Mortician Frank Malabed is Philippines' embalmer to the famous
Mortician Frank Malabed has handled the bodies of many of the Philippines' famous
Agence France-Presse in Manila
When dictator Ferdinand Marcos and a host of other famous Philippine figures met their maker, they also met Frank Malabed.
An assassinated democracy hero, a soft-porn star, high-profile socialites and political statesmen are others to have been sent to the grave by the country's most prominent and, arguably, passionate mortician.
"I make people beautiful even in death," said Malabed, a bespectacled 62-year-old grandfather with a sparse walrus moustache, speaking at his home office in a working-class Manila neighbourhood.
"Embalming is either 100 per cent or zero. It cannot be 99 per cent. If you botch the job you cannot tell the family you're going to replace the body."
Malabed dreamed as a child of becoming an engineer, but his father was a mortician and his teenage years were spent learning the art of caring for the dead.
He tagged along in the 1960s when his father went to work each day at Clark, a then-huge US air base in the Philippines which played a key role in the Vietnam War. As thousands of dead US soldiers were brought back from Vietnam to be prepared for their journey home, "We had 30 to 40 casualties a day," Malabed said.
Malabed later married the daughter of a family that ran a chain of provincial mortuaries, and found life caring for the dead was very comfortable.
"It was not my first choice, but when I got into it I found out I was good at it," he said, adding that the pay was also reasonable.
Malabed is a devout Catholic and he prays before he starts work. But he said he never believed in ghosts, witches or evil spirits. Neither did he suffer nightmares from being with the dead alone for hours at a time in a room, armed with his hypodermic syringes and make-up kits.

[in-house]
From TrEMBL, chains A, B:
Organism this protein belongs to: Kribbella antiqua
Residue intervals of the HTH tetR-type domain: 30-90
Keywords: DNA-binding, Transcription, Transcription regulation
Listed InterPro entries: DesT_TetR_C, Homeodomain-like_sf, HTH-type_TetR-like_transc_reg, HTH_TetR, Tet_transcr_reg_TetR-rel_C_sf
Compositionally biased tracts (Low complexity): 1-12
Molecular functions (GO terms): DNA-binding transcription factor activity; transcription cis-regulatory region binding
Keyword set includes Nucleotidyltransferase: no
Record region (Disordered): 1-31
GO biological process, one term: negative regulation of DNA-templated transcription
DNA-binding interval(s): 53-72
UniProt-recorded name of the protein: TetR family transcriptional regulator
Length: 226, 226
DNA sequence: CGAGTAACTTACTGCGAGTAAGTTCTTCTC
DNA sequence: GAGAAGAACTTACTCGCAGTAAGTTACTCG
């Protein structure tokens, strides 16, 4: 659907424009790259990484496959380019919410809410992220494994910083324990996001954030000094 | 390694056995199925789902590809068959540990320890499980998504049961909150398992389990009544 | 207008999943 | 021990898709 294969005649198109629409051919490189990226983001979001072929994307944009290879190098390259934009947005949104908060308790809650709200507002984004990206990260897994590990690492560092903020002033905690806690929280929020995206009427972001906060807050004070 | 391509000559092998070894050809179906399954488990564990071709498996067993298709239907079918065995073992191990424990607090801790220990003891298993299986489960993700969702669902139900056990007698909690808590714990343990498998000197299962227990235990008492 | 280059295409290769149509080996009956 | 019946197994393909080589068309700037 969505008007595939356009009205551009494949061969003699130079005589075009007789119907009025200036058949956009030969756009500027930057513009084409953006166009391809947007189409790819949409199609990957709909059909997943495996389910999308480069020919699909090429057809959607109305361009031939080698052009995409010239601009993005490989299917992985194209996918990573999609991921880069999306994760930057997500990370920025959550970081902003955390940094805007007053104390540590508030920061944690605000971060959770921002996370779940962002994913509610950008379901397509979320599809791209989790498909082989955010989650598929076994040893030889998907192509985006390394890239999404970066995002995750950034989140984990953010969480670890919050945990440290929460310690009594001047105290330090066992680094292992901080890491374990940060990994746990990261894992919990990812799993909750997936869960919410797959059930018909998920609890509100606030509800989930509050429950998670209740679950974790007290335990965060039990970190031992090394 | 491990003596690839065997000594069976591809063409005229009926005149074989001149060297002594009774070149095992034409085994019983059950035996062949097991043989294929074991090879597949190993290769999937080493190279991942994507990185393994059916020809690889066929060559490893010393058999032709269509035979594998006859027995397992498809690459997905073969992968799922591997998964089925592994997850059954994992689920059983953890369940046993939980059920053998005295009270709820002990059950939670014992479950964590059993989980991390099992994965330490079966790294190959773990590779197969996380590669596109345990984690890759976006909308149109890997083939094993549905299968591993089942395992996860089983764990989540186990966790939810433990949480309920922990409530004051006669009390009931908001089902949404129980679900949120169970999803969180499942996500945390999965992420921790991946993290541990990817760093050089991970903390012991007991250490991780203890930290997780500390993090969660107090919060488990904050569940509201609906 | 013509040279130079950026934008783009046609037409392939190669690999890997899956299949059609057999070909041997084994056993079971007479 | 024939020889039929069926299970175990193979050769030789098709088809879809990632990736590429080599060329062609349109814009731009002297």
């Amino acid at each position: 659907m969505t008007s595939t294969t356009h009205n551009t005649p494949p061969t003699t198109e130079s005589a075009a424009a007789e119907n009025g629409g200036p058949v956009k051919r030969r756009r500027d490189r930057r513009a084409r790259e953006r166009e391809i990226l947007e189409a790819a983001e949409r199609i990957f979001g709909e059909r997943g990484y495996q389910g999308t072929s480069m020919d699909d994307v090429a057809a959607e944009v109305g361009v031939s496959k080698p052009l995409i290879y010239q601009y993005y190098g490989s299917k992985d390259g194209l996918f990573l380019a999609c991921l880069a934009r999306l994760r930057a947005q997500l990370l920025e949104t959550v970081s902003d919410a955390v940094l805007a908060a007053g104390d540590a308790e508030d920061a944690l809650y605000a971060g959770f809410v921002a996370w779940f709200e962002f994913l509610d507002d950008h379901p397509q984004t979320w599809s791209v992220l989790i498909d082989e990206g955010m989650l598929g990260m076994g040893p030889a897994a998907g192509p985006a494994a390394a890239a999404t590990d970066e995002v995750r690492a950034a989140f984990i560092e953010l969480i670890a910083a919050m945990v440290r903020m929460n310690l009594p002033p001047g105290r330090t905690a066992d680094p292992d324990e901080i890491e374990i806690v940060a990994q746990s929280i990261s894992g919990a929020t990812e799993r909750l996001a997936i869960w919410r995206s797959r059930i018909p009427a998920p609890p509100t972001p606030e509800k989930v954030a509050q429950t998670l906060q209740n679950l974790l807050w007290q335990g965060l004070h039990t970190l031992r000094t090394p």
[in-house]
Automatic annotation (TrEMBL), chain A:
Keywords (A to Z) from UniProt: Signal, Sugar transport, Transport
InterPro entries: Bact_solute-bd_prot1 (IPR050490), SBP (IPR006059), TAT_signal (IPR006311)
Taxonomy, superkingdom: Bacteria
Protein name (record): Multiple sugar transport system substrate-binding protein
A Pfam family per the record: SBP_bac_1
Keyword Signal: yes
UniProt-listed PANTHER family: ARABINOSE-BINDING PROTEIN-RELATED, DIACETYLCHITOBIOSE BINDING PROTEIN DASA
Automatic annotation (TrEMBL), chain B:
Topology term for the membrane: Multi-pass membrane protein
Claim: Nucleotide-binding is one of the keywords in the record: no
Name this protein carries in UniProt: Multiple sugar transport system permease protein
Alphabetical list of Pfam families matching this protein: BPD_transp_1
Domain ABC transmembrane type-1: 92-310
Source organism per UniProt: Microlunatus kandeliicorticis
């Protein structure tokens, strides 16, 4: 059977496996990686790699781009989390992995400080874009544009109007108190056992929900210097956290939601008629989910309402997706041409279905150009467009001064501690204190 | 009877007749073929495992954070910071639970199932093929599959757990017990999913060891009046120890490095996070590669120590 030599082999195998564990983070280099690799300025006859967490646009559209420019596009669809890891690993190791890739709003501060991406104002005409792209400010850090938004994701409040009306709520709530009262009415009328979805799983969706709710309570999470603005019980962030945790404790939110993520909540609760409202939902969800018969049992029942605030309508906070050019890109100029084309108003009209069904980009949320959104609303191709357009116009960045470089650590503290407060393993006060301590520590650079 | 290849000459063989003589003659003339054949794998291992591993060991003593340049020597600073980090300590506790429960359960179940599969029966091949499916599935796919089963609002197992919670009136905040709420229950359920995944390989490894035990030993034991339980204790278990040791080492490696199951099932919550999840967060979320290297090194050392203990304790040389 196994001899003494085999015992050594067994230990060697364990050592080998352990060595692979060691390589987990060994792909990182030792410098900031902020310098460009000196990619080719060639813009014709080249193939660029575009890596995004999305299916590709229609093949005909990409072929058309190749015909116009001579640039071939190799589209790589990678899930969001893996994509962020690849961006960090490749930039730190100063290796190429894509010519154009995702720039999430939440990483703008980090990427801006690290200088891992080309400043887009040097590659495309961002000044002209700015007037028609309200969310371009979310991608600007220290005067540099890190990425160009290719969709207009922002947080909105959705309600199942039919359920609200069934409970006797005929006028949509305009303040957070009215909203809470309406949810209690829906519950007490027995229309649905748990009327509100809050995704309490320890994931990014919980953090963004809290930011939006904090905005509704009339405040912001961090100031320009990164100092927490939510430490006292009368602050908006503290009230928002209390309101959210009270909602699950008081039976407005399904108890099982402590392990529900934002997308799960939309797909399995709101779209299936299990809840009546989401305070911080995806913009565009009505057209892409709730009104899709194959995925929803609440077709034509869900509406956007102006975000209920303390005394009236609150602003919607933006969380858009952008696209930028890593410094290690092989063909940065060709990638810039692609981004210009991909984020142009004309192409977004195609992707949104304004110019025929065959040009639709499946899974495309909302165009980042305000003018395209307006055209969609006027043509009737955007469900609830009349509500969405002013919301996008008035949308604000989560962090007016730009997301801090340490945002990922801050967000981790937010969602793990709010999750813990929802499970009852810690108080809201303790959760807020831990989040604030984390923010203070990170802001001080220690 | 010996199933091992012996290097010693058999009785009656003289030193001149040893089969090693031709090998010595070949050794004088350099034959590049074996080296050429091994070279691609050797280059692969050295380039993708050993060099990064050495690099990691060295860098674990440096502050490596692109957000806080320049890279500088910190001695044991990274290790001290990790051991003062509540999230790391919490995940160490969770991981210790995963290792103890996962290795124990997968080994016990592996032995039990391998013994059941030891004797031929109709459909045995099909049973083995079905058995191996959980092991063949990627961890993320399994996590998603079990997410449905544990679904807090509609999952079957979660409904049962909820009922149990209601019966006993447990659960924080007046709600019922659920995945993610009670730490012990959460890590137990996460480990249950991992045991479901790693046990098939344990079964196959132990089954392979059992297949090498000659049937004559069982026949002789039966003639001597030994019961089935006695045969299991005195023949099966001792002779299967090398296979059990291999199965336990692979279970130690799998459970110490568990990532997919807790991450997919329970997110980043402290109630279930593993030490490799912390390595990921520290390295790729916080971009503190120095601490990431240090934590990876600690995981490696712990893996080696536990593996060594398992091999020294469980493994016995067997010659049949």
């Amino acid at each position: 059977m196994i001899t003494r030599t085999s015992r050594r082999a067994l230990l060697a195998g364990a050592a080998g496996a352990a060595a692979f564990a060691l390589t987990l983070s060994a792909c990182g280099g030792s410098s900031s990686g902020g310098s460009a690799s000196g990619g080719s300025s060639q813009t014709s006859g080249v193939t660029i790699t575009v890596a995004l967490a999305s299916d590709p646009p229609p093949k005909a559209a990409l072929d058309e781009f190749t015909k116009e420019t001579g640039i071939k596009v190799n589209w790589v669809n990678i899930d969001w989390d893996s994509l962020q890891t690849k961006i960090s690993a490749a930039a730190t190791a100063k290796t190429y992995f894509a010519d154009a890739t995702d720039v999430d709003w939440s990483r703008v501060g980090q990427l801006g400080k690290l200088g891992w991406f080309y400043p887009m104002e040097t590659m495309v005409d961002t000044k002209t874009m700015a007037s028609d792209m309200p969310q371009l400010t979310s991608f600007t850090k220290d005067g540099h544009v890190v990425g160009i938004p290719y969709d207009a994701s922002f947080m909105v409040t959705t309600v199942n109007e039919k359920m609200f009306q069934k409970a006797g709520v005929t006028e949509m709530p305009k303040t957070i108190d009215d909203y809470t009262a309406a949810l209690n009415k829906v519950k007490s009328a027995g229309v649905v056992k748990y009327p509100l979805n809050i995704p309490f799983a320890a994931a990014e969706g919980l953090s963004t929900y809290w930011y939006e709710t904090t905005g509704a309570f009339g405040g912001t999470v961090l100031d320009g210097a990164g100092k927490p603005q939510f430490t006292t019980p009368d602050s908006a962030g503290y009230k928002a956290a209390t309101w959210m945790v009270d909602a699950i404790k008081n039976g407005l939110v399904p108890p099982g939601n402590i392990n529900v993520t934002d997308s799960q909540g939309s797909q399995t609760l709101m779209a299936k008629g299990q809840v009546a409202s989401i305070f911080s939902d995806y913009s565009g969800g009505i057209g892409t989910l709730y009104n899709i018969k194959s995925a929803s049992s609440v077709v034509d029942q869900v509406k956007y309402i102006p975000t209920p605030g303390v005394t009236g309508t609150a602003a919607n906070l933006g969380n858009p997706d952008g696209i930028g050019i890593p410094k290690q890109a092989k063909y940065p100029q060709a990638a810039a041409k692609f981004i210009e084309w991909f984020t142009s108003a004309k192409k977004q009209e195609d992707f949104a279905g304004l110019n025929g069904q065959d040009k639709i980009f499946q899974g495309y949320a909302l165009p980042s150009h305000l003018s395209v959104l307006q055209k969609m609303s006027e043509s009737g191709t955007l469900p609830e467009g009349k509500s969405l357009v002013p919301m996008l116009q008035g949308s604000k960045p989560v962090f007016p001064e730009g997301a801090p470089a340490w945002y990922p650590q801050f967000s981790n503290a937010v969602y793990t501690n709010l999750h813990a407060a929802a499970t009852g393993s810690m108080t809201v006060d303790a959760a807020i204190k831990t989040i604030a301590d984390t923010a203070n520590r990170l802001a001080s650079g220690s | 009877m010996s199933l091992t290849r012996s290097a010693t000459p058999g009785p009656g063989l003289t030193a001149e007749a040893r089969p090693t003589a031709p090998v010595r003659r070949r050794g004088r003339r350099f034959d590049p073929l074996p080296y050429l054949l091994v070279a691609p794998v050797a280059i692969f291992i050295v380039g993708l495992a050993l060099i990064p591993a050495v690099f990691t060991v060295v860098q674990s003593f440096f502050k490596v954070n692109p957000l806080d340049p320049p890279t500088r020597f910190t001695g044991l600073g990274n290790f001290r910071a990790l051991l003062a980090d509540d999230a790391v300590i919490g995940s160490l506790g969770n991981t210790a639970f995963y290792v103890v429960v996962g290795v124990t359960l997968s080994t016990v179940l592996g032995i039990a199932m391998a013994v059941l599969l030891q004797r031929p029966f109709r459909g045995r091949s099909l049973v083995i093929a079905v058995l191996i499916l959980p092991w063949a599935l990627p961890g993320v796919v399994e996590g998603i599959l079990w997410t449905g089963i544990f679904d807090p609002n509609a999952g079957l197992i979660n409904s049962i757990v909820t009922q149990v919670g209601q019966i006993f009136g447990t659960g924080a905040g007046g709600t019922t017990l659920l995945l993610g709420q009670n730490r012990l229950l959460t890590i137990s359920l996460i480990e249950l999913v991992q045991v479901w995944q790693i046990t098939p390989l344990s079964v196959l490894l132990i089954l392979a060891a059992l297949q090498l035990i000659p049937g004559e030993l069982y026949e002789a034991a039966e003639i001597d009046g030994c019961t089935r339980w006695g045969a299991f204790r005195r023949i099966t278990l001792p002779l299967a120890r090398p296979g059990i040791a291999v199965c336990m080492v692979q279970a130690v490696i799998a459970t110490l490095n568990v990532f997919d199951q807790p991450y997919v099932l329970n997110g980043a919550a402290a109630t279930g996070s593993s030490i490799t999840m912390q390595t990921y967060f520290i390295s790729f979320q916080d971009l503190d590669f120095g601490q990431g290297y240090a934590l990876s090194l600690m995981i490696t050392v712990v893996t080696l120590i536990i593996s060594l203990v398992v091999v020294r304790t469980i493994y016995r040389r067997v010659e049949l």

Malabed's most famous client was Marcos, the dictator whose two-decade rule ended in 1986, when millions of protesters took to the streets in a "people power" revolution.
When Marcos died in exile in Hawaii in 1989 and the family wanted his body preserved for an eventual return to the Philippines, Malabed shuttled between Manila and Honolulu every month for four years to take care of the body, until the Philippine government finally allowed it to be flown to the dictator's home town of Batac.
Imelda Marcos, Ferdinand's widow, had demanded a hero's burial in Manila for her husband, but when that was rejected, Malabed pumped in special cavity fluid to make sure the body remained intact for 25 years. He put the corpse in a glass case for public exhibit at a mausoleum built at the family's provincial home, where the body remains today.
But unknown to many, Malabed also embalmed Benigno "Ninoy" Aquino, the Marcos family's arch-political foe, whose assassination at Manila airport by government forces in 1983 altered Philippine history.
"I don't care about political affiliations. If anyone needs my service they just have to dial my number. I am on call 24 hours a day," Malabed said.
Other famous clients include the soft-porn actress Claudia Zobel, who died in a Manila car crash in 1984.
Malabed was reminded of his own mortality when he suffered a mild stroke last year. He is content knowing he will be in good hands when called by his creator.
"My two daughters are also licensed embalmers. They will know what to do," he said.